The second hour explores the world of black bears caught in the crossroads of urban development in Anchorage and the wilderness. This is a new normal for bears and for their human neighbors. Some bears are so comfortable living in urban surroundings that their primary habitat is a golf course. In residential areas, bears frequently raid garbage bins and birdfeeders for easy snacks. But these behaviors are less than ideal for bears and residents alike. Morgan heads north out of Anchorage to Denali National Park, where the mountains loom over treeless plains and bears get by on a diet of thousands of berries a day. The grizzlies share the enormous park with foxes, wolves, and moose — and with one intrepid bear biologist and his team. Morgan continues his journey north on a bone-shaking 610-mile motorcycle journey from Denali to Prudhoe Bay along the only Alaskan Highway to reach the Arctic. Prudhoe Bay, a once- pristine area at the edge of the Arctic Ocean, has been changed forever by the oil industry.
Part 3 – Arctic Wanderers
In the final hour, Chris Morgan travels to the far north of Alaska, the tiny North Slope town of Kaktovik. It’s early November and winter is coming on. But each year, the polar bears struggle for extended periods on dwindling fat reserves, waiting for the opportunity to hunt on sea ice that takes longer to freeze. In early spring, Morgan joins local hunters in Barrow, the northernmost city in Alaska, as they go out on their own hunts, facing some of the same challenges as the bears. In late spring, Morgan travels to the North Slope of the Brooks Range, where countless thousands of caribou cover the ground for miles. The grizzlies are waiting for them, as they have for thousands of years.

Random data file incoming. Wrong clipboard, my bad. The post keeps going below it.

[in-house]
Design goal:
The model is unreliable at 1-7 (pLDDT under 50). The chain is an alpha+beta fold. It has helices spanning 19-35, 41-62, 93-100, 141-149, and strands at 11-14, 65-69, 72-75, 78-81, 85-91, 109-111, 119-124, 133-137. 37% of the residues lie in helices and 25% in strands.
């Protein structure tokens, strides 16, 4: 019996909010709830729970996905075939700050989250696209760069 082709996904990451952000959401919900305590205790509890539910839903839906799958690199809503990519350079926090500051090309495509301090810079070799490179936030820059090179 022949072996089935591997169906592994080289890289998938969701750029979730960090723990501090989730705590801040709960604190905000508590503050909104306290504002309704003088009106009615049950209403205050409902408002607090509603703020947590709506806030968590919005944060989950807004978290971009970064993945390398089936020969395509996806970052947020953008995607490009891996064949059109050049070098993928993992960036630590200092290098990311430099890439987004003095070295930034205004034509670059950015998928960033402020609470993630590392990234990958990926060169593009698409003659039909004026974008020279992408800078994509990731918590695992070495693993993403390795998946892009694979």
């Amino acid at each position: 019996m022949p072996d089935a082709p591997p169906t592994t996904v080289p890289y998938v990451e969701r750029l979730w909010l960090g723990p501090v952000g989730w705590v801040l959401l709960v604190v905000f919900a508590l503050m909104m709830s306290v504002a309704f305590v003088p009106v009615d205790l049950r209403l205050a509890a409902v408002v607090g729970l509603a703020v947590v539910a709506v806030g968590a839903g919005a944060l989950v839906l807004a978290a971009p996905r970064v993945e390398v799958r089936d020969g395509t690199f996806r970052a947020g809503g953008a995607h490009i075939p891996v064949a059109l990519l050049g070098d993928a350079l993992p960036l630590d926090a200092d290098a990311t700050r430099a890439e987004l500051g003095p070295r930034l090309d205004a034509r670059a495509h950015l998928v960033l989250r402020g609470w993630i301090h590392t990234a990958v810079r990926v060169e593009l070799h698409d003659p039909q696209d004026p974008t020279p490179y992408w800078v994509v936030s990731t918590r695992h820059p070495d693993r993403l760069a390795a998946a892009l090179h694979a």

Nature’s Bears of the Last Frontier is a production of Pontecorvo Productions and THIRTEEN in association with Wildlife Media, National Geographic Channel and WNET. Written and Produced by Joe Pontecorvo. Nature is a production of THIRTEEN in association with WNET for PBS. Fred Kaufman is Executive Producer. William Grant is Executive-in-Charge.
Nature pioneered a television genre that is now widely emulated in the broadcast industry. Throughout the series’ history, Nature has brought the natural world into the homes of millions of viewers. The series has been consistently among the most-watched primetime series on public television.
Nature has won nearly 600 honors from the television industry, the international wildlife film communities, and environmental organizations – including 10 Emmys, three Peabodys and the first award given to a television program by the Sierra Club. In October of 2010, the series won the Christopher Parsons Outstanding Achievement Award, given to “an organization or individual that has made a globally significant contribution to wildlife filmmaking, conservation and/or the public’s understanding of the environment.” The award, given by the Wildscreen Festival in Bristol, England, is one of the wildlife film industry’s highest honors.
PBS.org/nature is the award-winning web companion to Nature featuring streaming episodes, teacher’s guides and more.
Major corporate support for Nature is provided by Canon U.S.A., Inc. Additional support is provided by the Lillian Goldman Charitable Trust, by the Corporation for Public Broadcasting, and by the nation’s public television stations.